Between 1978 and 1991, Jeffrey Dahmer murdered seventeen people, all male adults and teens. His crimes were horrific and gruesome, and they shocked and saddened a nation. Why had this been allowed to happen and why did it take so long for him to be caught? And, as with any mass murderer, the public wondered what had, if anything, happened to Jeffrey as a young man to turn him into this horrific monster. Many wondered what could have been done to stop him; many wondered what kind of childhood he must have had. As Jeffrey began to speak, to the media and to law enforcement, he told a story of a childhood and young adulthood that might have mirrored others, one that included nonexistent parents who were too busy with their own hatred of each other to pay him notice, alcohol abuse, an invisible life in high school even though he was surrounded by others. Author and artist Derf Backderf was one of those who surrounded Jeffrey. Derf was a high school classmate of Jeffrey’s who populated much of the same space during their time at Revere High School. He has written a memoir of his recollections of this time in his updated and fully realized new graphic novel, My Friend Dahmer. Readers will follow Dahmer’s time in high school through the eyes of his sometime friend and acquaintance and wonder what, exactly, went wrong and why there was no one there to stop his burgeoning madness.
Jeffrey Dahmer lived in rural Bath, Ohio, a town outside of Akron. Derf met Jeffrey in seventh grade at Eastview Junior High. When it was time for high school they both moved up to Revere High School where they were acquaintances and occasional, albeit removed, friends. As much as this story is about Jeffrey and his descent into madness, it’s also a tale of the 1970s and growing up in a time of uncertainty. Derf and his friends were on a course of extreme possibilities, their whole lives in front of them. They felt they could make their dreams into reality. And as much as their futures were wide open, Jeffrey’s couldn’t have been more constrained and painful. He grew up with parents who were extremely verbally abusive to each other in front of their sons (they eventually divorced and deserted Jeffrey as a young man). As his inner demons continued to grow, Jeffrey became increasingly strange, drinking heavily to the point of self-annihilation, the only way to keep up the façade of a seemingly normal life. But, inside, the voices and desires grew so loud that his life soon turned into a hell on Earth.
Derf wonderfully tells a story so heavy and dark, yet engaging, that readers will eventually feel as though they are the ones living the story in those early years in Dahmer’s life. Derf’s impeccable research and memory lends to the story the feeling of truth and earnestness that transcends other works on Dahmer’s life. This isn’t a trashy tabloid account of a mass murderer, this is a story coming from a person who now, with many years spent in between, wonders what, if anything, could have been done to stop the rampage that Jeffrey later embarked upon. It’s weird to say this is a wonderful story because of the devastation and sadness that readers know will start after the final page, but it is just that – engaging and devastating.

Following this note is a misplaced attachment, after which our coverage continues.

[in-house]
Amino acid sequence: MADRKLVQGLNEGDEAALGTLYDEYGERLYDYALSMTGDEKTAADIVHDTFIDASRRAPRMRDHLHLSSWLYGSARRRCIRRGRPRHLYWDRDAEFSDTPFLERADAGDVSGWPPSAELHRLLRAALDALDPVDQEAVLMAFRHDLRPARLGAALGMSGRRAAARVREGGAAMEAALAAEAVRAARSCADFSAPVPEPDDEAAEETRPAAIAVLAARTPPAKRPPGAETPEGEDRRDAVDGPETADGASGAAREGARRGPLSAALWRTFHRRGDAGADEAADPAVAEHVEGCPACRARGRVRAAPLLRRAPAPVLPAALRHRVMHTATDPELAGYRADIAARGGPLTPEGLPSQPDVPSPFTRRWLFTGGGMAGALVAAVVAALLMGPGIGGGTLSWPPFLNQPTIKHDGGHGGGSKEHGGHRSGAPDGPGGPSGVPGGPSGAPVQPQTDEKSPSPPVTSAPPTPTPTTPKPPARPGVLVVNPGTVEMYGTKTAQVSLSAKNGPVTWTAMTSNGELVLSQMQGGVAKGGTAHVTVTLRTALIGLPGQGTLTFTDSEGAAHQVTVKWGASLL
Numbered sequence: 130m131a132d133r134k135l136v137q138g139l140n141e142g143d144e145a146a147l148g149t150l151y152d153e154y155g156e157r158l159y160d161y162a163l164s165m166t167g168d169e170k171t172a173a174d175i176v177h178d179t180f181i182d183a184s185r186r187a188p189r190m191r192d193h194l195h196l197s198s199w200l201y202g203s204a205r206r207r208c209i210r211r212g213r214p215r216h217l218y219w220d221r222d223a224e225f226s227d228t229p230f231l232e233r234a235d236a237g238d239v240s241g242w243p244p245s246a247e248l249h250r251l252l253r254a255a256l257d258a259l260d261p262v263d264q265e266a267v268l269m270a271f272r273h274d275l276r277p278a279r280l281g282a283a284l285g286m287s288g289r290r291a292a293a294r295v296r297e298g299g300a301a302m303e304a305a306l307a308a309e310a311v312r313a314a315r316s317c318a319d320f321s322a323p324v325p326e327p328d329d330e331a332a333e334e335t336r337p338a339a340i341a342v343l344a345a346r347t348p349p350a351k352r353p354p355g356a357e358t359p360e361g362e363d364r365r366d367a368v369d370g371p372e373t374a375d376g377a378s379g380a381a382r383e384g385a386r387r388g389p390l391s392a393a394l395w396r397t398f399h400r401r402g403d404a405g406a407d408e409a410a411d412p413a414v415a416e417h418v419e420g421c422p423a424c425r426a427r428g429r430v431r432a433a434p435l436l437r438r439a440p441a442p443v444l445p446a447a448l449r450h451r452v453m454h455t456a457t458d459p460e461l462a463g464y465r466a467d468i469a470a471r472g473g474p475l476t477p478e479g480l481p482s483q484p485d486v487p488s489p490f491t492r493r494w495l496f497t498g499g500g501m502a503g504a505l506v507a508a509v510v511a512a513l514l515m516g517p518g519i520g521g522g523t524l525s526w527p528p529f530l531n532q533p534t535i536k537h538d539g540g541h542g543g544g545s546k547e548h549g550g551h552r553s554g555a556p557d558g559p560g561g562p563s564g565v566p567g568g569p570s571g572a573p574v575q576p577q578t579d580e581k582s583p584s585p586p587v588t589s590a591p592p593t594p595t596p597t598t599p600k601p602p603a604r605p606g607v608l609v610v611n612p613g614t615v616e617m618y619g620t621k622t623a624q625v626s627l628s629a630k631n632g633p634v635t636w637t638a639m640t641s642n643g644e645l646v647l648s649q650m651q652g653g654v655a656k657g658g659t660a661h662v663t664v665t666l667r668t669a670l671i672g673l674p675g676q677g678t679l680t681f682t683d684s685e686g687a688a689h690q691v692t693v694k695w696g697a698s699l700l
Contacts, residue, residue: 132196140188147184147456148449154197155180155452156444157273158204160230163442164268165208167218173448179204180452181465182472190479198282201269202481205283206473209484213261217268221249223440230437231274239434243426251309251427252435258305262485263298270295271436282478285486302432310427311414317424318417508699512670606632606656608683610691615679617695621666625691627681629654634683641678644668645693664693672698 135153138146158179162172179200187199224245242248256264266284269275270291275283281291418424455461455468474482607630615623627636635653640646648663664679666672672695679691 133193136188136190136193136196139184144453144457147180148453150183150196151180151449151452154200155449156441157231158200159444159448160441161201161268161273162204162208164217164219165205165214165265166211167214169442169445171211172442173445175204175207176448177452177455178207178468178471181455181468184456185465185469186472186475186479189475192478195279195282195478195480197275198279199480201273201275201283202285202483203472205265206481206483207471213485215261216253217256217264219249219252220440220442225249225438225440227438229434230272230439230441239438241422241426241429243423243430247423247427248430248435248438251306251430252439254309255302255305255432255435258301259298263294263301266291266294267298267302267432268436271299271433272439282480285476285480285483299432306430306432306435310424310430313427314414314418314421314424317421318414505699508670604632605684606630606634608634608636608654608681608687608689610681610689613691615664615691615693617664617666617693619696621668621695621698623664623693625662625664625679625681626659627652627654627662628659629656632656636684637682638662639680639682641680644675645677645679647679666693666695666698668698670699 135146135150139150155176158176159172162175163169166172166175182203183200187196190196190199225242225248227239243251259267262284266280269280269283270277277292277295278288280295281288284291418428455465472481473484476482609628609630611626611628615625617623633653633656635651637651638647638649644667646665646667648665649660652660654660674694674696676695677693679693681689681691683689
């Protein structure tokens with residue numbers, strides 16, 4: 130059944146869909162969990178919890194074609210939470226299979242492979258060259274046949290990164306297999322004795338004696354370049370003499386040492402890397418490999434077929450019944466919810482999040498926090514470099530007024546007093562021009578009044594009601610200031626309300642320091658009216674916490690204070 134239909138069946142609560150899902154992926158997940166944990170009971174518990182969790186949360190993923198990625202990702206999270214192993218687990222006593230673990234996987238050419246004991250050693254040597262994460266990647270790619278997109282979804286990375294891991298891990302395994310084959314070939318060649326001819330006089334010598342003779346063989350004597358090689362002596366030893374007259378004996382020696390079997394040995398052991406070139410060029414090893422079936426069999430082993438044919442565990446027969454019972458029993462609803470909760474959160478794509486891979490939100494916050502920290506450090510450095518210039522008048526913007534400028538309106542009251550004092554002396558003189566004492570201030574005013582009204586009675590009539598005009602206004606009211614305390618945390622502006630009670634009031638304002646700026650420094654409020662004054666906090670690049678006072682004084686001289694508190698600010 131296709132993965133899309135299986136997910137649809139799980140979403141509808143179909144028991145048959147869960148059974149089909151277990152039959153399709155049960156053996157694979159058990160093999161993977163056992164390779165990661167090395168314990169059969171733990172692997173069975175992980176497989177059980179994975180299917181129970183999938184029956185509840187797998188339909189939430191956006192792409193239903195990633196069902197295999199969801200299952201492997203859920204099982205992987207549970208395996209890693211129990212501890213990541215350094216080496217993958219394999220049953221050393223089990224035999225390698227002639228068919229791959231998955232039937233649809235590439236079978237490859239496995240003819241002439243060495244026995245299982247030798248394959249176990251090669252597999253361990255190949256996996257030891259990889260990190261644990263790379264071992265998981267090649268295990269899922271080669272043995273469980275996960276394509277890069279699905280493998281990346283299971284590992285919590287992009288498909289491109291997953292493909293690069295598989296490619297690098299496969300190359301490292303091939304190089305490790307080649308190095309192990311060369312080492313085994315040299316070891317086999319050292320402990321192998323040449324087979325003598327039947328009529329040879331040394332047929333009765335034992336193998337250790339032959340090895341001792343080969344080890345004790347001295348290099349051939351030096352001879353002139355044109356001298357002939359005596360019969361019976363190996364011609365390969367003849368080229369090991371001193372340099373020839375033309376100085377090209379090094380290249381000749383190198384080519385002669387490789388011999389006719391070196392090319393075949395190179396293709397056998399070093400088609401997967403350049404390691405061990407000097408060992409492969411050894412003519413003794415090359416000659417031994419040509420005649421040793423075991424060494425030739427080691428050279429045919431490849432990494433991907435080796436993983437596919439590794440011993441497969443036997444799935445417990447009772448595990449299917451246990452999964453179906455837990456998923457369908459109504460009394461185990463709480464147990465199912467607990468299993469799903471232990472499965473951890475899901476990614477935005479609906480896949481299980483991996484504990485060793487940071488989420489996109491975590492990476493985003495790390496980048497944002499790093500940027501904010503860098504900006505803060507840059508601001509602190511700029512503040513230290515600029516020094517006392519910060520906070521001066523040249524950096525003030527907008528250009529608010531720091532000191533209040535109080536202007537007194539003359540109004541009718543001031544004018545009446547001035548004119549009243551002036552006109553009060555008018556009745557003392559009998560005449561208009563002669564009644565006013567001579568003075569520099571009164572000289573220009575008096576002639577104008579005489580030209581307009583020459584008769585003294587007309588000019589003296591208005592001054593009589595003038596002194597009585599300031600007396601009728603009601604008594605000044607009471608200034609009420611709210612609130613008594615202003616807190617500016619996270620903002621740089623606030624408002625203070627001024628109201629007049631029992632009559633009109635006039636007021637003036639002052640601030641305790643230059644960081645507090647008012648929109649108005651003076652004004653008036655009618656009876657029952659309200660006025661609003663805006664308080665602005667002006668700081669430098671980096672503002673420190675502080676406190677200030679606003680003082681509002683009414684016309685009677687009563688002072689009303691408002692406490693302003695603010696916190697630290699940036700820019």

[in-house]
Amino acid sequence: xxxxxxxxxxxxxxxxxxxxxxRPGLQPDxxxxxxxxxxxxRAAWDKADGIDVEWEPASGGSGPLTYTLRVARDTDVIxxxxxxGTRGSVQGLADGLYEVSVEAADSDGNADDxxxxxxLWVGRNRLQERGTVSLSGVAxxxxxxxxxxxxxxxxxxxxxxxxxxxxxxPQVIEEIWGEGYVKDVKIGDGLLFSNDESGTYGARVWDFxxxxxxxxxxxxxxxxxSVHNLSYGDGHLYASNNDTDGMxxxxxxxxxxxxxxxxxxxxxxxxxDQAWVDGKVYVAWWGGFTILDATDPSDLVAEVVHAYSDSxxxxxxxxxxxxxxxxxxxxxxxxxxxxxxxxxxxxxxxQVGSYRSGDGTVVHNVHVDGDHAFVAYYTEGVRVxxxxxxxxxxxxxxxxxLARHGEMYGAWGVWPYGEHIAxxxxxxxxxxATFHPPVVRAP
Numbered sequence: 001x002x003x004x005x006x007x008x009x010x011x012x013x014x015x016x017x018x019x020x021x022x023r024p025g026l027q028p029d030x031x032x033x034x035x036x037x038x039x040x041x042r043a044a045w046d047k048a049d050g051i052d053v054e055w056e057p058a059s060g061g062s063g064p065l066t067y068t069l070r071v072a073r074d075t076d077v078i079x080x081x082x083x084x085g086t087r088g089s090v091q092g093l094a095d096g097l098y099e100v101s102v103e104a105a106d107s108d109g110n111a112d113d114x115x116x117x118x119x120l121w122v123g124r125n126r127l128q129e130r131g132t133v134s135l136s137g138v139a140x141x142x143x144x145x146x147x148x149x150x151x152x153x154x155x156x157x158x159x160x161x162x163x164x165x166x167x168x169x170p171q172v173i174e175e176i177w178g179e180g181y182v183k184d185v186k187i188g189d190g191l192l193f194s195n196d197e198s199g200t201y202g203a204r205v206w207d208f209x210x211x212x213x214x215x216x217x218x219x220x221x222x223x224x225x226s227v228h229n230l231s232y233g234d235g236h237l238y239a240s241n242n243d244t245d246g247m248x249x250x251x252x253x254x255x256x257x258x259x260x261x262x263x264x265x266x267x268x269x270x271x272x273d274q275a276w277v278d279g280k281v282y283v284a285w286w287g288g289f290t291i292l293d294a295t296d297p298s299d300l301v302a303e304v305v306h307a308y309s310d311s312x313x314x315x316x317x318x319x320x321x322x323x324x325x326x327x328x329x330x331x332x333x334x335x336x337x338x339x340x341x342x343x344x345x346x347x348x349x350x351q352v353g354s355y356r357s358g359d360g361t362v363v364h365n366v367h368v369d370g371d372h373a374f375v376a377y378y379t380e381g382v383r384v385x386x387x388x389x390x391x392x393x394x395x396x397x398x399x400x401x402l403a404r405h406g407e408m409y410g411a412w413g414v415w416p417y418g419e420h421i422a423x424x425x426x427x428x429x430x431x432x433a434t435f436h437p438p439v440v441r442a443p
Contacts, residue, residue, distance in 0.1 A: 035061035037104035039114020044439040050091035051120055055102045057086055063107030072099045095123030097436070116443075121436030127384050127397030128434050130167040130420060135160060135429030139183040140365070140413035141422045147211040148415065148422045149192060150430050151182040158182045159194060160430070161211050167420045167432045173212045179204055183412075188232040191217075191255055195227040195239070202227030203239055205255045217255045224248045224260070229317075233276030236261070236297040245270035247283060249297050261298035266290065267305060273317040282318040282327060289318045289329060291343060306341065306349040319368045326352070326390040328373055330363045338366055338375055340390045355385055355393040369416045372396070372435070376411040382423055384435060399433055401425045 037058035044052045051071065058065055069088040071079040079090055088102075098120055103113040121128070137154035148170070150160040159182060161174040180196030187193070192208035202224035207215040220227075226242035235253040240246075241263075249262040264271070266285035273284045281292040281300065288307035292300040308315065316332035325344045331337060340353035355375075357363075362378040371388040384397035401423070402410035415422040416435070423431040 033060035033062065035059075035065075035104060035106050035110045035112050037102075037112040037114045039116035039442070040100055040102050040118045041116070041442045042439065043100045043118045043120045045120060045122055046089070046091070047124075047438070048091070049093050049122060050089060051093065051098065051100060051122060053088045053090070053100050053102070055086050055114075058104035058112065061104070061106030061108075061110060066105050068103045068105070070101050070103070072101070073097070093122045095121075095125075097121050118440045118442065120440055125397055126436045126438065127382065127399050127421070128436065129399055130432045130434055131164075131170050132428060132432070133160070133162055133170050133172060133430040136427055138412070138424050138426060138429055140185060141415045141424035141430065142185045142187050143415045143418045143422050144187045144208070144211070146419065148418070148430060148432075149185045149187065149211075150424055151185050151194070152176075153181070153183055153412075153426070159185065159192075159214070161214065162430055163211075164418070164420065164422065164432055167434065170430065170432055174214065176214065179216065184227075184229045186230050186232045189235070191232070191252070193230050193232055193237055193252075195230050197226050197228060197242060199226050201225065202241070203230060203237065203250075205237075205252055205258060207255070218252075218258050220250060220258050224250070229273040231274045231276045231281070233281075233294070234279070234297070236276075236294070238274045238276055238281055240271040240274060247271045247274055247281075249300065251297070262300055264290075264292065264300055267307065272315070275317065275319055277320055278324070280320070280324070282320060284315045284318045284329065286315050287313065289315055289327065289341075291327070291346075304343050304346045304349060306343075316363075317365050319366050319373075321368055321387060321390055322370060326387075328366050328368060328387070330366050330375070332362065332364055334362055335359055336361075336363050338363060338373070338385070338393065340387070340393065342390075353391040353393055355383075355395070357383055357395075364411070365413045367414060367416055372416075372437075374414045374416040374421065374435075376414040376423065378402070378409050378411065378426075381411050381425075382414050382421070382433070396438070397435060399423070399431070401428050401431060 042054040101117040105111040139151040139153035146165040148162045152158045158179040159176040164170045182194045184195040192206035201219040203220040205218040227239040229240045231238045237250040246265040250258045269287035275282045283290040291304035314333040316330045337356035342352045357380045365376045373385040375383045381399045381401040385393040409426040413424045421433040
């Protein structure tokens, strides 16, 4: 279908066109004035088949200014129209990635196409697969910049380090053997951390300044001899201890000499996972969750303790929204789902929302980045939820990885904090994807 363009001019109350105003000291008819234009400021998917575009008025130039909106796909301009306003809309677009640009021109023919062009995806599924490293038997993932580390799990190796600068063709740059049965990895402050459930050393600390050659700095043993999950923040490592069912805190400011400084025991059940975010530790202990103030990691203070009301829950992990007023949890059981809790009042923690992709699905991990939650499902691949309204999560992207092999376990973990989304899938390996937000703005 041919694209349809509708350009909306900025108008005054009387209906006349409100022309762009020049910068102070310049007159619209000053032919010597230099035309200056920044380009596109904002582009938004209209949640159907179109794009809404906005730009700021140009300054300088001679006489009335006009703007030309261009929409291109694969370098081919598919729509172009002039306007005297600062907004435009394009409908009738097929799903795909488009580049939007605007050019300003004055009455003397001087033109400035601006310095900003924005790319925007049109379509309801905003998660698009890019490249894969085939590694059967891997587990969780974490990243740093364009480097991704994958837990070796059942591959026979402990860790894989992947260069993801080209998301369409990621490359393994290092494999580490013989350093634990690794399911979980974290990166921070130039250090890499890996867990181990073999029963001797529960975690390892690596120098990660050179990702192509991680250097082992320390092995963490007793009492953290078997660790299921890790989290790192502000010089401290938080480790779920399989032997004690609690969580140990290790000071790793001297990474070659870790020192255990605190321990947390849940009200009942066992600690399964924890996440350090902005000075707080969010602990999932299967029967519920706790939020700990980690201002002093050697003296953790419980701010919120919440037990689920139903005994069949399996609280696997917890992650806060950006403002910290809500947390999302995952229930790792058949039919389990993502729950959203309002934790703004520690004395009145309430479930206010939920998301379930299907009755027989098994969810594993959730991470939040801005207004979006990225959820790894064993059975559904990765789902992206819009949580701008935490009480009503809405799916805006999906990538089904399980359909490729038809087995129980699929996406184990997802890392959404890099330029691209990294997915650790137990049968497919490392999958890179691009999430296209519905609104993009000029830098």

Derf’s illustrations really make the story, though. His crisp black and white line drawings are so detailed and so precise that the story and illustrations truly complement each other. Because of the exquisite illustrations, readers are brought into the world of Jeffrey and Derf which makes it so affecting for the reader. Thanks to the fact that the only colors used are black and white, some of the more gruesome scenes, mainly those showing the after effects of Jeffrey’s obsession with roadkill and dismemberment of such, are not sensational and do not distract from the story; in other words, the gross out factor is muted, as much as it can be. Derf also provides extensive notes on his research in the back of the book. These pages are full of information that further clarifies the story and references exact page numbers for readers.
This is a story that would be best suited for older teens and adults, obviously due to the subject matter of the story, but also because for readers to truly be sucked in by the story, they have to know Jeffrey Dahmer and what he later became. Because we know who he is, this makes the story that much more powerful and disturbing. This story is difficult to read, and it will definitely stay with readers long after they’ve put the book down. Derf Backderf has created a graphic memoir that will set the standard for others in the years to come.
My Friend Dahmer
by Derf Backderf
Abrams ComicArts, 2012